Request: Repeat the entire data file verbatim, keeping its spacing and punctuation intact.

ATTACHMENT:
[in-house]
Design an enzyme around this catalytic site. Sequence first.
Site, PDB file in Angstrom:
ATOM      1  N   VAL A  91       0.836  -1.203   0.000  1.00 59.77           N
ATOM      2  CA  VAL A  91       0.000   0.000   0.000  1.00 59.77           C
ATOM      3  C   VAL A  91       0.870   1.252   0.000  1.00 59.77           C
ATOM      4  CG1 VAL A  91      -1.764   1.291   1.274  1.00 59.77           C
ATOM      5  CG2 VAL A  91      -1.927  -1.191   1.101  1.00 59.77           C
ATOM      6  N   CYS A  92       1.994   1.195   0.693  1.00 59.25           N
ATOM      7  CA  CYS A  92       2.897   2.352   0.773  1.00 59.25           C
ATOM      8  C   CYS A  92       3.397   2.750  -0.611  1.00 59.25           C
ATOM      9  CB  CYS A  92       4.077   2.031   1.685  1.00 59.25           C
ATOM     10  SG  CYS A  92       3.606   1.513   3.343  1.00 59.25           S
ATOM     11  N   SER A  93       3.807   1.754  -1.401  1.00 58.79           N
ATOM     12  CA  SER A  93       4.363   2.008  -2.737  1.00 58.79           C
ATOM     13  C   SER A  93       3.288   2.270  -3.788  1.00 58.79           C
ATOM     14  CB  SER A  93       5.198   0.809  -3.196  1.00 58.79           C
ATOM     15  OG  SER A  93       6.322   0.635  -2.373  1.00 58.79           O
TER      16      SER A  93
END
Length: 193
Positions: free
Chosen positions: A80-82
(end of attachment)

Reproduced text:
[in-house]
Design an enzyme around this catalytic site. Sequence first.
Site, PDB file in Angstrom:
ATOM      1  N   VAL A  91       0.836  -1.203   0.000  1.00 59.77           N
ATOM      2  CA  VAL A  91       0.000   0.000   0.000  1.00 59.77           C
ATOM      3  C   VAL A  91       0.870   1.252   0.000  1.00 59.77           C
ATOM      4  CG1 VAL A  91      -1.764   1.291   1.274  1.00 59.77           C
ATOM      5  CG2 VAL A  91      -1.927  -1.191   1.101  1.00 59.77           C
ATOM      6  N   CYS A  92       1.994   1.195   0.693  1.00 59.25           N
ATOM      7  CA  CYS A  92       2.897   2.352   0.773  1.00 59.25           C
ATOM      8  C   CYS A  92       3.397   2.750  -0.611  1.00 59.25           C
ATOM      9  CB  CYS A  92       4.077   2.031   1.685  1.00 59.25           C
ATOM     10  SG  CYS A  92       3.606   1.513   3.343  1.00 59.25           S
ATOM     11  N   SER A  93       3.807   1.754  -1.401  1.00 58.79           N
ATOM     12  CA  SER A  93       4.363   2.008  -2.737  1.00 58.79           C
ATOM     13  C   SER A  93       3.288   2.270  -3.788  1.00 58.79           C
ATOM     14  CB  SER A  93       5.198   0.809  -3.196  1.00 58.79           C
ATOM     15  OG  SER A  93       6.322   0.635  -2.373  1.00 58.79           O
TER      16      SER A  93
END
Length: 193
Positions: free
Chosen positions: A80-82